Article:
It’s that time again! Entries for the Children’s and Young Adult Writers and Illustrators Competition are due on 30 April so send in your fabulous picture books (fiction and non-fiction), chapter books, YA novels and illustrations as soon as possible.

The ninth CYA Conference program will be held in Brisbane on Saturday, 5th July 2014.

Here’s a little bit about the conference and the line up of amazing speakers attending the conference: “This conference is aimed as professional development for new and established writers and illustrators of Children’s and Young Adult literature. Master classes and workshops will be conducted by Wendy Orr, Sue Whiting, Aaron Pocock, Isobelle Carmody, Terry Saleh, Pamela Rushby, Rebecca Timmis, Karen Tayleur and Peter Carnavas.”

Editor and agent appointments as well as website development critiques are also available. These are one-on-one 15 minute meetings whereby your work has already been read. Editors onsite include: Sue Whiting,(Walker Books), Karen Tayleur (Five Miles Press), Leonie Tyle ( Tyle & Bateson Publishing), Suzanne O’Sullivan (Hachette Australia), Katrina Lehman (Penguin, Australia) and Agent: Alex Adsett and web designer: Rebecca Timmis.

For more details about the CYA competition/conference visit the CYA website.

I went last year and thoroughly enjoyed it. You can read all about it here. Happy writing and illustrating and hope to see you there!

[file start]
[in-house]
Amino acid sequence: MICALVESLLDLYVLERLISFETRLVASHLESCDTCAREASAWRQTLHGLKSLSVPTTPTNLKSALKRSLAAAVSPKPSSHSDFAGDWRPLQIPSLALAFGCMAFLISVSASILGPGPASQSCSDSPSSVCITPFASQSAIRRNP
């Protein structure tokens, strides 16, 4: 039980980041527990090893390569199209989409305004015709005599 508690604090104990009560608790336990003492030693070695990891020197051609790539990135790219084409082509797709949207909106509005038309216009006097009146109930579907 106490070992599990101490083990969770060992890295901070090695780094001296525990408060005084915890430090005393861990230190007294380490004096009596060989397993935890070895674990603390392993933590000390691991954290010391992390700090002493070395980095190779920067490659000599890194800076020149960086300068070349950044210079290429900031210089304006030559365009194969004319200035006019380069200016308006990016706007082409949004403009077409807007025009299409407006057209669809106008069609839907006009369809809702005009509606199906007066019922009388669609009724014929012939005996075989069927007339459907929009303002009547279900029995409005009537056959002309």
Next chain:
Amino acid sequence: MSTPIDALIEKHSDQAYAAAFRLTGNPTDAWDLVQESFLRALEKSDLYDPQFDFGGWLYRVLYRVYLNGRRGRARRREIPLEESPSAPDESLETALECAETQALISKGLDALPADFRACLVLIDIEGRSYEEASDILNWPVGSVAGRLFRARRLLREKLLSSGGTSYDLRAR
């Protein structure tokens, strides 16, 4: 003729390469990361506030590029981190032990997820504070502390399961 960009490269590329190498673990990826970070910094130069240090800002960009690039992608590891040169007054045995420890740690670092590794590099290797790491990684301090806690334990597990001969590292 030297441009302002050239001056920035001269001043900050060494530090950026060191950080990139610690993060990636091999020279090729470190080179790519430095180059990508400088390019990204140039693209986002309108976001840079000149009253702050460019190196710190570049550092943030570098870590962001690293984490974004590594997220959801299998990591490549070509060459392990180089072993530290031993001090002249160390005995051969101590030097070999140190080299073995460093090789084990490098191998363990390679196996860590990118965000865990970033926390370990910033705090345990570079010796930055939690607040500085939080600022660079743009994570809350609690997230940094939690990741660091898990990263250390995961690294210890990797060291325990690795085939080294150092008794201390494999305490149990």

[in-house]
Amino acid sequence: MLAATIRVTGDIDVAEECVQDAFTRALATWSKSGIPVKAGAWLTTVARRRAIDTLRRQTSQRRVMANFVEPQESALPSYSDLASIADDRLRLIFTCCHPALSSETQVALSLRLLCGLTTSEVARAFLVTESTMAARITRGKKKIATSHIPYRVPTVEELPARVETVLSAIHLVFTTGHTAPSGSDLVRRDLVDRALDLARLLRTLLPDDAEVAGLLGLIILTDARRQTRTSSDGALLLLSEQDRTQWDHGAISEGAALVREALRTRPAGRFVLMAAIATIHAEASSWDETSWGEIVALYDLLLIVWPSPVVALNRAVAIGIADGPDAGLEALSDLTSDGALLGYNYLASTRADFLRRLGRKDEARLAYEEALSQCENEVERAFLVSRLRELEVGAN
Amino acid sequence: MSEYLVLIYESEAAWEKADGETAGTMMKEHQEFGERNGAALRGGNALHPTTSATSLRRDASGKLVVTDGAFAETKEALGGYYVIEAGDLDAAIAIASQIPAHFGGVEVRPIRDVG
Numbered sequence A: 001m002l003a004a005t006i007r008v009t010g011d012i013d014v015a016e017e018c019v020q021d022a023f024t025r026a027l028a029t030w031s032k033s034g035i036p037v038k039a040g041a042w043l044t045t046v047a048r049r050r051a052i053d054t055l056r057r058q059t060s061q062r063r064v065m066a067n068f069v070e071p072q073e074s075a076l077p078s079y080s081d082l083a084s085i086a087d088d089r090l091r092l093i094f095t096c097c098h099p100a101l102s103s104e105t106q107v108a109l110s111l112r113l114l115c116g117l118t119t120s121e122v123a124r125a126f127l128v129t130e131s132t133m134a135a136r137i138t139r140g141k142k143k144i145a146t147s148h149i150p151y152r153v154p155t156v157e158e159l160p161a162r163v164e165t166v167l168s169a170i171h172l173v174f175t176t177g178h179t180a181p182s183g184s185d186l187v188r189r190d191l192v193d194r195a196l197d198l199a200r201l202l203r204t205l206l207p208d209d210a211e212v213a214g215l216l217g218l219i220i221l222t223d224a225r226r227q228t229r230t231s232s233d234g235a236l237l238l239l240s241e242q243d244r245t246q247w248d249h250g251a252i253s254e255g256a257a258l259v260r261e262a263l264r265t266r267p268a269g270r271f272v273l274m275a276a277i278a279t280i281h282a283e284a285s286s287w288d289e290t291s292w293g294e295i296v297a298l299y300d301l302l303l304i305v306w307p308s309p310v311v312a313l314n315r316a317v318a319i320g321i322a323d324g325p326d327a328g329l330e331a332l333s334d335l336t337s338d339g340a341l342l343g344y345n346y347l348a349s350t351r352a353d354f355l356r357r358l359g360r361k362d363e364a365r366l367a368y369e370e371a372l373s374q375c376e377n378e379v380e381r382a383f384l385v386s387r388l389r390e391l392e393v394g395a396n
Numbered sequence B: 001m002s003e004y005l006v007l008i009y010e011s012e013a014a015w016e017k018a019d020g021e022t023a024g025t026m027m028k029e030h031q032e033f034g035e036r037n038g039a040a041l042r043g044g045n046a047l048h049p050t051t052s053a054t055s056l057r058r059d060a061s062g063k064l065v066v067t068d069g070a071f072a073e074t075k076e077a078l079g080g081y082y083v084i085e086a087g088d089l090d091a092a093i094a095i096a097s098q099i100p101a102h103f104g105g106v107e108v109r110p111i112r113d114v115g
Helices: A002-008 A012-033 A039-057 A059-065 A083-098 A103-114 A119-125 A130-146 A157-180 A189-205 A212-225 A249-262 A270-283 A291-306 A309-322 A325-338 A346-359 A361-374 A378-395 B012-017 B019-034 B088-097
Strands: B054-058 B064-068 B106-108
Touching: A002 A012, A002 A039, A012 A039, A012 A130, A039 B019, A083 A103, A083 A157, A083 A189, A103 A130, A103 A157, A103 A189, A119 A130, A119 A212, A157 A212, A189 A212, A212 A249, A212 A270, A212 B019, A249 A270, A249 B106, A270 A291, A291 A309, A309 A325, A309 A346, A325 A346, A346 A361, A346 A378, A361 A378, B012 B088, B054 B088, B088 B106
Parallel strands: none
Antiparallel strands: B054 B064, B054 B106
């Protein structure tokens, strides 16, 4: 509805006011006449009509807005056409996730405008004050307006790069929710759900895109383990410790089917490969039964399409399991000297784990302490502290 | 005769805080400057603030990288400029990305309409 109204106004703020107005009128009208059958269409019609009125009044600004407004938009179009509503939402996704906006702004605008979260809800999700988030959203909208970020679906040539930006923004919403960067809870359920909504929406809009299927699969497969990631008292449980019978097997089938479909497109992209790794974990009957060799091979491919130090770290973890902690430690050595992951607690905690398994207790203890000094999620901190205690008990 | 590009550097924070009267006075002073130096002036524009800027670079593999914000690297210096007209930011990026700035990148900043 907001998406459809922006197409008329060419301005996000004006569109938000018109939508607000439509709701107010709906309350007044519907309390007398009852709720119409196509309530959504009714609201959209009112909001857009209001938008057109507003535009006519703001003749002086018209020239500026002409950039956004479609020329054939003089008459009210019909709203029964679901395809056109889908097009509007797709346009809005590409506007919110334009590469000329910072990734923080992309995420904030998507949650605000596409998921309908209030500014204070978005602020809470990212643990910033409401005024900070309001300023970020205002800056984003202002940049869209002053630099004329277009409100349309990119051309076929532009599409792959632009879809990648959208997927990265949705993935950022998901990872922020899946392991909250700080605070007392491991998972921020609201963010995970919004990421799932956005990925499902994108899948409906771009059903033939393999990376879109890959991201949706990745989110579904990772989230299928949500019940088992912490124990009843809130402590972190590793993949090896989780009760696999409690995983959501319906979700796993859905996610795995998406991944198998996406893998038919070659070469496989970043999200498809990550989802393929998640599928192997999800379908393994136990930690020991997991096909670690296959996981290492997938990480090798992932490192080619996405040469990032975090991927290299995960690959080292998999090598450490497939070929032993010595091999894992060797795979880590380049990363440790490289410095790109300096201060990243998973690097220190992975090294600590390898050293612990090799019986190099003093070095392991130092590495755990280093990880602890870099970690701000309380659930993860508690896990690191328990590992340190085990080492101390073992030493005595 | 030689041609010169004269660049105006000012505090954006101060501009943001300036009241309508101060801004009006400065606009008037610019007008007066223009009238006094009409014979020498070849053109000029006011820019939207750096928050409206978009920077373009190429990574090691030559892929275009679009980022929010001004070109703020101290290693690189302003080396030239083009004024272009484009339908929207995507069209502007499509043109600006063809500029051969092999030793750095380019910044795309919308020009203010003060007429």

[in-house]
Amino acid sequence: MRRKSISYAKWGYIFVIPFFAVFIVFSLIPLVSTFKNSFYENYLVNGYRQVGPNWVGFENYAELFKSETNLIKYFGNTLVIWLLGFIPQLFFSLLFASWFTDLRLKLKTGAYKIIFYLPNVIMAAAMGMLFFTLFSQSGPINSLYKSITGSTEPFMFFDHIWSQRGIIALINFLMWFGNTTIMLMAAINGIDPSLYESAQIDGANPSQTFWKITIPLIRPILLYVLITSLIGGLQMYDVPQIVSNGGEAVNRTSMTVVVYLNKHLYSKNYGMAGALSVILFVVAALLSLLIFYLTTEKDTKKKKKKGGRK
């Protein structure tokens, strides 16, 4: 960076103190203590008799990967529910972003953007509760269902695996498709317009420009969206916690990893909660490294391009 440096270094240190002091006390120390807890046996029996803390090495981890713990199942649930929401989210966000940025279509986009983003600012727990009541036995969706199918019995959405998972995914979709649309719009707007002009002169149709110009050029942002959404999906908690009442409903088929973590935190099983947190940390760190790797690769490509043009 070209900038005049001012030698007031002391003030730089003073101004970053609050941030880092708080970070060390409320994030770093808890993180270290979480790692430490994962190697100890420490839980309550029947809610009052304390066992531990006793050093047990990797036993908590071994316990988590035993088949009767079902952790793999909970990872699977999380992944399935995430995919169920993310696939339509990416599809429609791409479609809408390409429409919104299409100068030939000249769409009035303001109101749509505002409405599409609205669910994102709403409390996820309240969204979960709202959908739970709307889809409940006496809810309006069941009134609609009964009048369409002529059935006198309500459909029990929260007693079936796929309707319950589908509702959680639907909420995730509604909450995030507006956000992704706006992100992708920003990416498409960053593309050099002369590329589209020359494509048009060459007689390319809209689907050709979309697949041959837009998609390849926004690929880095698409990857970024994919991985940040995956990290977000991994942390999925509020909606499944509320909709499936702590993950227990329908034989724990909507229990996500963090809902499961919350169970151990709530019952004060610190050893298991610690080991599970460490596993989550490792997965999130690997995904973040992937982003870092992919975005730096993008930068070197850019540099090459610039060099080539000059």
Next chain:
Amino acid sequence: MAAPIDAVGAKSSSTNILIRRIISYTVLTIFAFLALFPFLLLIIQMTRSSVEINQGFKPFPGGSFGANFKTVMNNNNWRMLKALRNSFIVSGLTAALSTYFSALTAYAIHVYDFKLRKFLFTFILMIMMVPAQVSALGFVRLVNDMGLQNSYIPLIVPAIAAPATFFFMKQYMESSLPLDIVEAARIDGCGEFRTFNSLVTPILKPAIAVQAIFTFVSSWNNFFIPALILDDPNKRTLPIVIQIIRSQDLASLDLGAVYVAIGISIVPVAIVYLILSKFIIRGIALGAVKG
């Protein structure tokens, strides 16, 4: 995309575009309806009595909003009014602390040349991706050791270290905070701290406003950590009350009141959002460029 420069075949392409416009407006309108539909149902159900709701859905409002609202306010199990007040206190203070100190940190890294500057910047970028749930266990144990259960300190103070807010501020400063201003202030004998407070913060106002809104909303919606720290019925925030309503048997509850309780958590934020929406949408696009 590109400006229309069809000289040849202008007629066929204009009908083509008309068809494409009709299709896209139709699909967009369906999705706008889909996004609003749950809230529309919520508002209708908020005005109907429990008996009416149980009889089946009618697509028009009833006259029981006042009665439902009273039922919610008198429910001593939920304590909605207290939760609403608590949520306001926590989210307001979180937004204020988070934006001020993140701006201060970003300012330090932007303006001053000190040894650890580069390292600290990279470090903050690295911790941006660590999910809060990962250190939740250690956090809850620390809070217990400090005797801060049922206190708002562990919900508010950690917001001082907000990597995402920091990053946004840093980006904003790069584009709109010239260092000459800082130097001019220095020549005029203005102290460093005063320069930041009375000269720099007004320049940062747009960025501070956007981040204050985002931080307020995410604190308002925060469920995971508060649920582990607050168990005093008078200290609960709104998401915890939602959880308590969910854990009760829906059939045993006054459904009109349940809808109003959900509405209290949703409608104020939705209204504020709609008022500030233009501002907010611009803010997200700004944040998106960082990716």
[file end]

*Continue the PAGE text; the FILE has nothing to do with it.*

Best Australian Blogs 2014 Competition

If you enjoy writing you should check out the Australian Writers’ Centre
They offer a wide variety of writing courses: memoirs to magazines, film scripts to food blogs, thrillers, travel writing, children’s books and more!
In their latest email I read that they were holding a Best Australian Blogs Competition so I decided to enter (would love to win an online writing course!). After many hours and a few tears of frustration I managed to add the “Vote for me!” button to my sidebar. So, if you enjoy reading my blog and have a few seconds to spare, click on the button and vote for me please.
Voting finishes on May 5th at 5pm.

Thanks 🙂
Rachel

March Madness Writing Competition

I’ve been a bit slack of late (well, perhaps the last 3 months to be exact) with my blog but I have been very busy with work, school and kids.  I did, however,  make some time to sew a skirt and do some writing!  Susanna Leonard Hill’s writing competitions are always fun so I decided to join in and write a fractured fairy tale.  Here are the rules:

Write a children’s story, in poetry or prosemaximum 400 words, that is a fractured fairy tale.  Feel free to add a theme of spring, or mix in one of the spring holidays if you like – St. Patrick’s Day, April Fools Day, Easter or Passover, Arbor Day, Earth Day…  Have fun with it!  The madder* the better! 🙂
*as in wild and wacky, not angry 🙂

You do not have to include spring – that is optional.
The story can be a picture book or a short story – whatever you like.
If it’s a picture book, you may NOT include art notes, because we get into a weird area of whether that’s fair in terms of word count and added description etc.  So if you write a picture book that’s wonderful, but make sure art notes aren’t necessary to understand it.
Title not included in word count.